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March 19, 2008 > Olive Hyde: Textile Exhibit

Olive Hyde: Textile Exhibit

By Anuja Seith

Fabric and textiles infuse everyday life. Every year, Olive Hyde's annual Textile Exhibit displays these common materials in unique and artistic ways. Soft fluffy wool turns into the skull of a teddy bear and cotton pieces are patched together to make a portrait. Birch bark takes the shape of a basket. "This show has a history of 40 years and typically textile exhibits are geared to quilts. Though we have quilts, I try to incorporate artists who can use fabric literally, conceptually and metaphorically," said Sandra Hemsworth, Curator at Olive Hyde Art Gallery. This exhibit presents art as more than just a beautiful object to be admired from afar; use of everyday textiles changes it, making it more accessible.

For anyone who loves animals or science, Stephanie Metz offers anatomical sculptures - a teddy bear skull represents natural history. Metz also showcases a toad, fuzzy amphibian and a sculpture of the embryo of a chicken.

Karin Lusnak displays fiber sculptures that are made of spirals and sycamore branches on which she has woven hand-dyed silk. One of her pieces, "One in Front of Other," represents herself; spirals epitomize growth and development. A second piece "Floating in Slough," looks like house with a ladder on one side and the shape of a boat on the other, both of which have a sense of climbing and moving on.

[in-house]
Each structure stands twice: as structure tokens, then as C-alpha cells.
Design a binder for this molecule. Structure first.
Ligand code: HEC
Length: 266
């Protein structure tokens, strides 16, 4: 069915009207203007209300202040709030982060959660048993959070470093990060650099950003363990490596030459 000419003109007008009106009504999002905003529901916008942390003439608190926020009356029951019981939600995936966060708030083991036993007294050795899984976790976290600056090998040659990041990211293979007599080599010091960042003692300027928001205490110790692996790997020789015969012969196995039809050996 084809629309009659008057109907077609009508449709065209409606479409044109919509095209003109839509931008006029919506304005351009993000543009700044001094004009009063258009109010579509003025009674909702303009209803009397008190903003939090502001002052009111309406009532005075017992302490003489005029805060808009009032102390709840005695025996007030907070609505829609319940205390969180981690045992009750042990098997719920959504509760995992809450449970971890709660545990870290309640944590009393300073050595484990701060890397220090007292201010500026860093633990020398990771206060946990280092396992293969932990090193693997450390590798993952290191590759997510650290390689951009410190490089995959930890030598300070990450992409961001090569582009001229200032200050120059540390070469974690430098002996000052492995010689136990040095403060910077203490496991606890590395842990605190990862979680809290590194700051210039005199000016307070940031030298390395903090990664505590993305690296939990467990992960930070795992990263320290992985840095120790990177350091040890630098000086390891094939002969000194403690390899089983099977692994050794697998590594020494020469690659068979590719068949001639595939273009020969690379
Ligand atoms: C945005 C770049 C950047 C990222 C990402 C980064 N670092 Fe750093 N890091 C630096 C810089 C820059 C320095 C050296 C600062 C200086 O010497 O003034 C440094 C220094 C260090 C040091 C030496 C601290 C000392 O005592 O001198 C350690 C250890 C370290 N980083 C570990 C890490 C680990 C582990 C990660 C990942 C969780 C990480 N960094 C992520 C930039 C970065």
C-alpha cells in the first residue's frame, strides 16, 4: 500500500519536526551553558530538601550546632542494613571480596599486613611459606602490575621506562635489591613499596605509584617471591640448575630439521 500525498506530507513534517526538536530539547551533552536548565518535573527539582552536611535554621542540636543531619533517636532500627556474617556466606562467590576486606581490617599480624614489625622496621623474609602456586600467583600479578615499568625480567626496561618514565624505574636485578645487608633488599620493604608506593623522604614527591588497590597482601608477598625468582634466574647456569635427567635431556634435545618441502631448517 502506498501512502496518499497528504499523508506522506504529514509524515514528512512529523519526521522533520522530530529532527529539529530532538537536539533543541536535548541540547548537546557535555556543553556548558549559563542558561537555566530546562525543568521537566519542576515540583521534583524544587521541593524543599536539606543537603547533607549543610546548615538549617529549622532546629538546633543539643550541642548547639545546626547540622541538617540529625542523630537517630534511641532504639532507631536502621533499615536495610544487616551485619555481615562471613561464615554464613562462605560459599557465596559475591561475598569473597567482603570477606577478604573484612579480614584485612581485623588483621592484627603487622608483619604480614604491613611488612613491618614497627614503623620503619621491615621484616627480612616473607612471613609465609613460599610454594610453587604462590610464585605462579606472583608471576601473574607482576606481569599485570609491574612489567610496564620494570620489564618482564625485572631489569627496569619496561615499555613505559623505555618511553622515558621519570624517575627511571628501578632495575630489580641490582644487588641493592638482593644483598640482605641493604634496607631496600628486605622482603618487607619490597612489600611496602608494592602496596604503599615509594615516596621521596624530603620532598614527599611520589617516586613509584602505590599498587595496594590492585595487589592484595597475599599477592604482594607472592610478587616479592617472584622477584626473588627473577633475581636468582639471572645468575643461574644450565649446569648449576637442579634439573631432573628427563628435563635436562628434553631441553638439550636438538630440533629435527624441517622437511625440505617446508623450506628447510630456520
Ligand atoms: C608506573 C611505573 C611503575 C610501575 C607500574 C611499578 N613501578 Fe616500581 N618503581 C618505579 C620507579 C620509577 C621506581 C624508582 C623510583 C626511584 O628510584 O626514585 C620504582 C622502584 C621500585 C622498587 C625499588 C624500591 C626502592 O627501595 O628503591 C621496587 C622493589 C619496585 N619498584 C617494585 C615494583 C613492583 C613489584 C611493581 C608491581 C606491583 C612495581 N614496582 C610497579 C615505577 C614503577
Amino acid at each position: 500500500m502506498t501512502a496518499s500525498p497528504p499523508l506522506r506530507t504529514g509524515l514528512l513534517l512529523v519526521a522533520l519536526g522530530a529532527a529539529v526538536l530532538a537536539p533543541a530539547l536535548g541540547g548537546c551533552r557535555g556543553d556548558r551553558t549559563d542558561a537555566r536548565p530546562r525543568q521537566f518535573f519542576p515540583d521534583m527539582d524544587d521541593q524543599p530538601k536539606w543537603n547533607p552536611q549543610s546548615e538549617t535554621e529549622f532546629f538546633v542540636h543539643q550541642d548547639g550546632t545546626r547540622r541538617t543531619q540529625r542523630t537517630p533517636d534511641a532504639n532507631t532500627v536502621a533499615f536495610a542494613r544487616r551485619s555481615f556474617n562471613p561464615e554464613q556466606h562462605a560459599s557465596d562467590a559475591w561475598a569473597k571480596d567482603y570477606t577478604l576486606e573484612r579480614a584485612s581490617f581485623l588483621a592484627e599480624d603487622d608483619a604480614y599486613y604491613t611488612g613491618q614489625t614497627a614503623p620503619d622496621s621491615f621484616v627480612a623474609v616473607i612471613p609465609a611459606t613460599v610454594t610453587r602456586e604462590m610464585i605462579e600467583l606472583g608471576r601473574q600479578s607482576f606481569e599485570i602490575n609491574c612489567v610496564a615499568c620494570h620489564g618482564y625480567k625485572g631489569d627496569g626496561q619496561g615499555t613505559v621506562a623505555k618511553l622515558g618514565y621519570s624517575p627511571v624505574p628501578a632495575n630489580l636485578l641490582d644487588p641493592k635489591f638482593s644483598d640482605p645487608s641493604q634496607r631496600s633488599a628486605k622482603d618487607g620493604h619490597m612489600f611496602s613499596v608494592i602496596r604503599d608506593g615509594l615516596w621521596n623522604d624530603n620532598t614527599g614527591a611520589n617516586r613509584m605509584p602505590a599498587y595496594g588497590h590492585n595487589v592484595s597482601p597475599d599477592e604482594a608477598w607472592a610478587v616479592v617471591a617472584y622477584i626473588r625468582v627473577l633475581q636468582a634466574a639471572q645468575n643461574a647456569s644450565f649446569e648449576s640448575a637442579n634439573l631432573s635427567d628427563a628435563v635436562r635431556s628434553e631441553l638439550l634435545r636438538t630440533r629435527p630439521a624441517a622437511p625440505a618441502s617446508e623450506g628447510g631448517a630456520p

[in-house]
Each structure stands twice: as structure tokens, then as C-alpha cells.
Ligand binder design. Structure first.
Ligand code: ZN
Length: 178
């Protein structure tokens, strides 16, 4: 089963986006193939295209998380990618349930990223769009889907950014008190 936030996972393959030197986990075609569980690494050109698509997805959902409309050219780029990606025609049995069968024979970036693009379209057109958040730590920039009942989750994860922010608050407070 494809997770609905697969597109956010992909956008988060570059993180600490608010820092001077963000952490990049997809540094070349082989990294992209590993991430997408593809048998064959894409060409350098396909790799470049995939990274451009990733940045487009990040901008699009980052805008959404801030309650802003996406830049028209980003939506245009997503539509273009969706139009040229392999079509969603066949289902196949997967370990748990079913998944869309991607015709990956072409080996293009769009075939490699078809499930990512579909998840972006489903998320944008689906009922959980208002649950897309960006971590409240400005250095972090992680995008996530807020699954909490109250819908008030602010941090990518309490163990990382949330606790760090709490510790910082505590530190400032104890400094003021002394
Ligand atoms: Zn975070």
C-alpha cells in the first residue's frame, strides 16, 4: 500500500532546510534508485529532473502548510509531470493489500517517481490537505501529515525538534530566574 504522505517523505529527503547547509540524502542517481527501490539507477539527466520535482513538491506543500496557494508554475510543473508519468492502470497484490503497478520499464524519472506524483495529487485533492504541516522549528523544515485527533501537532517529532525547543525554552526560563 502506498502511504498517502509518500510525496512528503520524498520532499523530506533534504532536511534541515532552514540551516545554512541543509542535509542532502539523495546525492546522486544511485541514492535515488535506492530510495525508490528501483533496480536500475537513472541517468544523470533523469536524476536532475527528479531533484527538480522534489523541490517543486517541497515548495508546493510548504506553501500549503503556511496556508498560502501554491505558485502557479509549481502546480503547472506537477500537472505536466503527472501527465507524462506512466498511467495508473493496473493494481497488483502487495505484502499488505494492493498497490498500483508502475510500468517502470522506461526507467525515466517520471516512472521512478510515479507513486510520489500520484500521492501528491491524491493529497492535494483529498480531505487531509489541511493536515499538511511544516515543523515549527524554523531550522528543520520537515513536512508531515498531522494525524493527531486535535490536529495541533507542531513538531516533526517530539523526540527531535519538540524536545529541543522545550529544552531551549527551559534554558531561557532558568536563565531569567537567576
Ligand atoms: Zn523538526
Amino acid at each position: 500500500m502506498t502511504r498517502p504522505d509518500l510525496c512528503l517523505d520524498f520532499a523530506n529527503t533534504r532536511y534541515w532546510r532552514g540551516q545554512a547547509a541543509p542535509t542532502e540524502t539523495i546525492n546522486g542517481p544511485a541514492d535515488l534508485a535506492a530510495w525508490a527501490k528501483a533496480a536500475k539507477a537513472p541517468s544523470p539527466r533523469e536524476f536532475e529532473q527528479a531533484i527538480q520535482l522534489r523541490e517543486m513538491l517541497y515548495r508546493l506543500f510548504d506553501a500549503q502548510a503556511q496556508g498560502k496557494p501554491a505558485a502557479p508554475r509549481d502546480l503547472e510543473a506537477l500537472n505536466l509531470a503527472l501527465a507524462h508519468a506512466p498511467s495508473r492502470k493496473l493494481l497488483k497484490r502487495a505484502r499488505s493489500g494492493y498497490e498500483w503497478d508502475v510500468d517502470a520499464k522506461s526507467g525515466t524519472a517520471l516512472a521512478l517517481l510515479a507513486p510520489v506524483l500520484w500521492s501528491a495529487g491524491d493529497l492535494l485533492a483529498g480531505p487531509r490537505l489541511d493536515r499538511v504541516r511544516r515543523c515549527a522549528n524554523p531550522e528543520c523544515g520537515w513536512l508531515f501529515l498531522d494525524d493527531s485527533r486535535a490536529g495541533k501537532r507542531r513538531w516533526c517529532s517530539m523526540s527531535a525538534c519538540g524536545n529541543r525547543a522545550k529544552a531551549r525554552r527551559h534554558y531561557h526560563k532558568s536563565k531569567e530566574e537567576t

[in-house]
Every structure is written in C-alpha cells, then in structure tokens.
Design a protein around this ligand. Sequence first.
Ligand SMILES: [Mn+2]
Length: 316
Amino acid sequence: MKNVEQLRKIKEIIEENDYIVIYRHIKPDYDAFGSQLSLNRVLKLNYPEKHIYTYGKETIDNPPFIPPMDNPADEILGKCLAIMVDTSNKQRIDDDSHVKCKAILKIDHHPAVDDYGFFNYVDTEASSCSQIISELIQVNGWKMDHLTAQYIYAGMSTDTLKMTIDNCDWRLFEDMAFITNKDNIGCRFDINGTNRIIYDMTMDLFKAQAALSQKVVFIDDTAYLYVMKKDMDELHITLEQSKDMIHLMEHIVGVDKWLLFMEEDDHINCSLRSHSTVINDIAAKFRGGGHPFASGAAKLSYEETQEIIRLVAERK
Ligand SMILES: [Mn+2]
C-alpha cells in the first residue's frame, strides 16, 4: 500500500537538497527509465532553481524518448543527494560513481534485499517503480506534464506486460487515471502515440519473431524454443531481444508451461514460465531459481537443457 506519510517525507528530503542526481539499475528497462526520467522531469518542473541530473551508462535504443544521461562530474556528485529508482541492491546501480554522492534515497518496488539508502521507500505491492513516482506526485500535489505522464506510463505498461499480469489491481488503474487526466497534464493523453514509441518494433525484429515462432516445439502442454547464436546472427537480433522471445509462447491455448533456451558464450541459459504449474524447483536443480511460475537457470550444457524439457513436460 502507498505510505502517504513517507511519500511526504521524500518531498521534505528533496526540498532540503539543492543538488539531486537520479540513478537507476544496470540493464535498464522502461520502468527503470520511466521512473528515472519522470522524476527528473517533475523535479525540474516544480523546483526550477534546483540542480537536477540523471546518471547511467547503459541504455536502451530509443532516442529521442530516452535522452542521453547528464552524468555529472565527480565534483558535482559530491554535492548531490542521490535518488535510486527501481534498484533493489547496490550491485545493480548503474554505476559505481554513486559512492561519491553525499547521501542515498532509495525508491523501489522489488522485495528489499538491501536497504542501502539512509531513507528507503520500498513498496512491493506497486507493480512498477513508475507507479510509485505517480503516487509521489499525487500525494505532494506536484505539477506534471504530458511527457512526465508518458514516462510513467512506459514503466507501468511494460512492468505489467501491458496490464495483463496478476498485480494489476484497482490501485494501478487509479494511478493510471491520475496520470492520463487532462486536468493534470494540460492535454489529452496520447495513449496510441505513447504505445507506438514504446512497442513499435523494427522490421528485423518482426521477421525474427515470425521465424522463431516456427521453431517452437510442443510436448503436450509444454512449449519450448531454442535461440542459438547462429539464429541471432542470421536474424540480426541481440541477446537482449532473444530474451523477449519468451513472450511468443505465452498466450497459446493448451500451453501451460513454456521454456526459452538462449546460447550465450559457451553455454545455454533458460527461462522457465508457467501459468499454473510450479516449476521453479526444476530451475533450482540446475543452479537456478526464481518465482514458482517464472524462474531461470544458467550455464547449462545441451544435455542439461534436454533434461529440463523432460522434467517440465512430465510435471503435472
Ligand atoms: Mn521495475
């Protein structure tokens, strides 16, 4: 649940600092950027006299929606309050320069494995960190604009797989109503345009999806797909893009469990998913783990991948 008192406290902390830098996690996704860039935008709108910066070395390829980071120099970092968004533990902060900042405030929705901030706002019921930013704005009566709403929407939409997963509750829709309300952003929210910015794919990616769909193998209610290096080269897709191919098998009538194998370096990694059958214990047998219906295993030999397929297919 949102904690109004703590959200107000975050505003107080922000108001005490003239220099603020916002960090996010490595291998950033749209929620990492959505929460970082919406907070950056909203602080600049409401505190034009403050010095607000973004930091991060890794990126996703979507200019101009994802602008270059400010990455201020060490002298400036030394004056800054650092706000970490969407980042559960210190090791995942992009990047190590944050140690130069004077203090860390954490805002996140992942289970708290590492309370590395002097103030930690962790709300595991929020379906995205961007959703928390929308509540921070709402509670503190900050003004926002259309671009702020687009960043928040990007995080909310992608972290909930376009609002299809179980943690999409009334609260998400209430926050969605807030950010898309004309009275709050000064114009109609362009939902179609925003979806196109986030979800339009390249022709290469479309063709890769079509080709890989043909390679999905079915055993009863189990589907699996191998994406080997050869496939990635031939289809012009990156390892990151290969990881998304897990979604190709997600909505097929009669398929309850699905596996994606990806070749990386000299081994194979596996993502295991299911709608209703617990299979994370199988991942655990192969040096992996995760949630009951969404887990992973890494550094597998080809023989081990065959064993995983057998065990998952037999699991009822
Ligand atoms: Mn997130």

While Lusnak and Metz work wonders with sculptures, Marion Coleman displays two fiber collages made primarily of cotton and various other threads. "These portraits are part of my "Yes We Are 50+" series that documents the elegance of aging and how these women look and feel," said Coleman. Barbetta Lockart and Marjorie DeQuincy both comment on social issues through their art. Among her four pieces, Lockart's three dimensional fiber collages Globe and Red Tent Story comment on a world rife with violence and the position of women in many societies.

Through fiber mix media art creation "Deadly Refrain," DeQuincy makes social commentary while her second piece, "The Rhythm and Blues of life," is a memorial to a woman who passed. "This piece depicts the joy and rhythm of life and what happens when this rhythm is stopped," said DeQuincy. Norma Andersen Fox's birch bark and Georgia pine baskets draw inspiration from nature and her Scandinavian heritage garnishes this rare treat.

Olive Hyde: Textile Exhibit

Reception
Friday, March 21
7 p.m. to 9 p.m.

Show
March 21 to April 19
Thursday -Sunday
Noon-5:00 p.m.

Olive Hyde Art Gallery
123 Washington Blvd., Fremont
(510) 791-4357

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